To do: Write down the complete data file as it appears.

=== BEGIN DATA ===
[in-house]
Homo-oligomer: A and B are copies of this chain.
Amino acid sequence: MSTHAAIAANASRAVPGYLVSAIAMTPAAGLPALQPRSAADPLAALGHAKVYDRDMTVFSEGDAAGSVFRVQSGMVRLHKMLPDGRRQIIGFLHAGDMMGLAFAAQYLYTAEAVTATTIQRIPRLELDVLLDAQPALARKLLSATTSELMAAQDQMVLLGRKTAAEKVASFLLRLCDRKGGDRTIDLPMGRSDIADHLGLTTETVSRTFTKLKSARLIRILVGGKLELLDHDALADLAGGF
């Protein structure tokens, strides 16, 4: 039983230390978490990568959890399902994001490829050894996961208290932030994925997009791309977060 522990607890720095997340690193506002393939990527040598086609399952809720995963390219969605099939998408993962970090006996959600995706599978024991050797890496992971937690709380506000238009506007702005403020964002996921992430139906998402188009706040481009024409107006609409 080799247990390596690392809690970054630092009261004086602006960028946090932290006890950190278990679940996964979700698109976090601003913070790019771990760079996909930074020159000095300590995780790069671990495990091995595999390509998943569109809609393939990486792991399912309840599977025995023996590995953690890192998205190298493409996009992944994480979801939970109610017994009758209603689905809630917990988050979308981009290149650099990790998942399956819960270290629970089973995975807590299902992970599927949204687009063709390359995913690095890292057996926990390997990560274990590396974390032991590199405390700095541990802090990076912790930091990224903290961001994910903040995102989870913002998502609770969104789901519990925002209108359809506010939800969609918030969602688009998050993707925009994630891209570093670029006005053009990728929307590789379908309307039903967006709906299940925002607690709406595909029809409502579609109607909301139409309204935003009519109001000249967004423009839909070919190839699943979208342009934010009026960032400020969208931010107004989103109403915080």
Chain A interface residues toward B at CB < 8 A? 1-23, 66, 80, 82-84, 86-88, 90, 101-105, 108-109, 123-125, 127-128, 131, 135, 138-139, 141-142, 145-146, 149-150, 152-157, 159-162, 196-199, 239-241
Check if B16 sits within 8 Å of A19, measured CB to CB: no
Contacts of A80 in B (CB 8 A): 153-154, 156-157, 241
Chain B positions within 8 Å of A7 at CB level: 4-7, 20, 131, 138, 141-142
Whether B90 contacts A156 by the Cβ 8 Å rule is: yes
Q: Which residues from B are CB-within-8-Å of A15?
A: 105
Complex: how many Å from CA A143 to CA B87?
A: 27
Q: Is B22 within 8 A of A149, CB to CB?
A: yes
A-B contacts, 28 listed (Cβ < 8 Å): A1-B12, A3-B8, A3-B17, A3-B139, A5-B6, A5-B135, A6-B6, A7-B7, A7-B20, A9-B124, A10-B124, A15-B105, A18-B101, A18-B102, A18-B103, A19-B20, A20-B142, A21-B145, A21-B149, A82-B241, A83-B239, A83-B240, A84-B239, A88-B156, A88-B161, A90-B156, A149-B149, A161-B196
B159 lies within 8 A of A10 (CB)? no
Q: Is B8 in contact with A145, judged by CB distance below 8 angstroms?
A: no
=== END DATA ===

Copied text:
[in-house]
Homo-oligomer: A and B are copies of this chain.
Amino acid sequence: MSTHAAIAANASRAVPGYLVSAIAMTPAAGLPALQPRSAADPLAALGHAKVYDRDMTVFSEGDAAGSVFRVQSGMVRLHKMLPDGRRQIIGFLHAGDMMGLAFAAQYLYTAEAVTATTIQRIPRLELDVLLDAQPALARKLLSATTSELMAAQDQMVLLGRKTAAEKVASFLLRLCDRKGGDRTIDLPMGRSDIADHLGLTTETVSRTFTKLKSARLIRILVGGKLELLDHDALADLAGGF
């Protein structure tokens, strides 16, 4: 039983230390978490990568959890399902994001490829050894996961208290932030994925997009791309977060 522990607890720095997340690193506002393939990527040598086609399952809720995963390219969605099939998408993962970090006996959600995706599978024991050797890496992971937690709380506000238009506007702005403020964002996921992430139906998402188009706040481009024409107006609409 080799247990390596690392809690970054630092009261004086602006960028946090932290006890950190278990679940996964979700698109976090601003913070790019771990760079996909930074020159000095300590995780790069671990495990091995595999390509998943569109809609393939990486792991399912309840599977025995023996590995953690890192998205190298493409996009992944994480979801939970109610017994009758209603689905809630917990988050979308981009290149650099990790998942399956819960270290629970089973995975807590299902992970599927949204687009063709390359995913690095890292057996926990390997990560274990590396974390032991590199405390700095541990802090990076912790930091990224903290961001994910903040995102989870913002998502609770969104789901519990925002209108359809506010939800969609918030969602688009998050993707925009994630891209570093670029006005053009990728929307590789379908309307039903967006709906299940925002607690709406595909029809409502579609109607909301139409309204935003009519109001000249967004423009839909070919190839699943979208342009934010009026960032400020969208931010107004989103109403915080």
Chain A interface residues toward B at CB < 8 A? 1-23, 66, 80, 82-84, 86-88, 90, 101-105, 108-109, 123-125, 127-128, 131, 135, 138-139, 141-142, 145-146, 149-150, 152-157, 159-162, 196-199, 239-241
Check if B16 sits within 8 Å of A19, measured CB to CB: no
Contacts of A80 in B (CB 8 A): 153-154, 156-157, 241
Chain B positions within 8 Å of A7 at CB level: 4-7, 20, 131, 138, 141-142
Whether B90 contacts A156 by the Cβ 8 Å rule is: yes
Q: Which residues from B are CB-within-8-Å of A15?
A: 105
Complex: how many Å from CA A143 to CA B87?
A: 27
Q: Is B22 within 8 A of A149, CB to CB?
A: yes
A-B contacts, 28 listed (Cβ < 8 Å): A1-B12, A3-B8, A3-B17, A3-B139, A5-B6, A5-B135, A6-B6, A7-B7, A7-B20, A9-B124, A10-B124, A15-B105, A18-B101, A18-B102, A18-B103, A19-B20, A20-B142, A21-B145, A21-B149, A82-B241, A83-B239, A83-B240, A84-B239, A88-B156, A88-B161, A90-B156, A149-B149, A161-B196
B159 lies within 8 A of A10 (CB)? no
Q: Is B8 in contact with A145, judged by CB distance below 8 angstroms?
A: no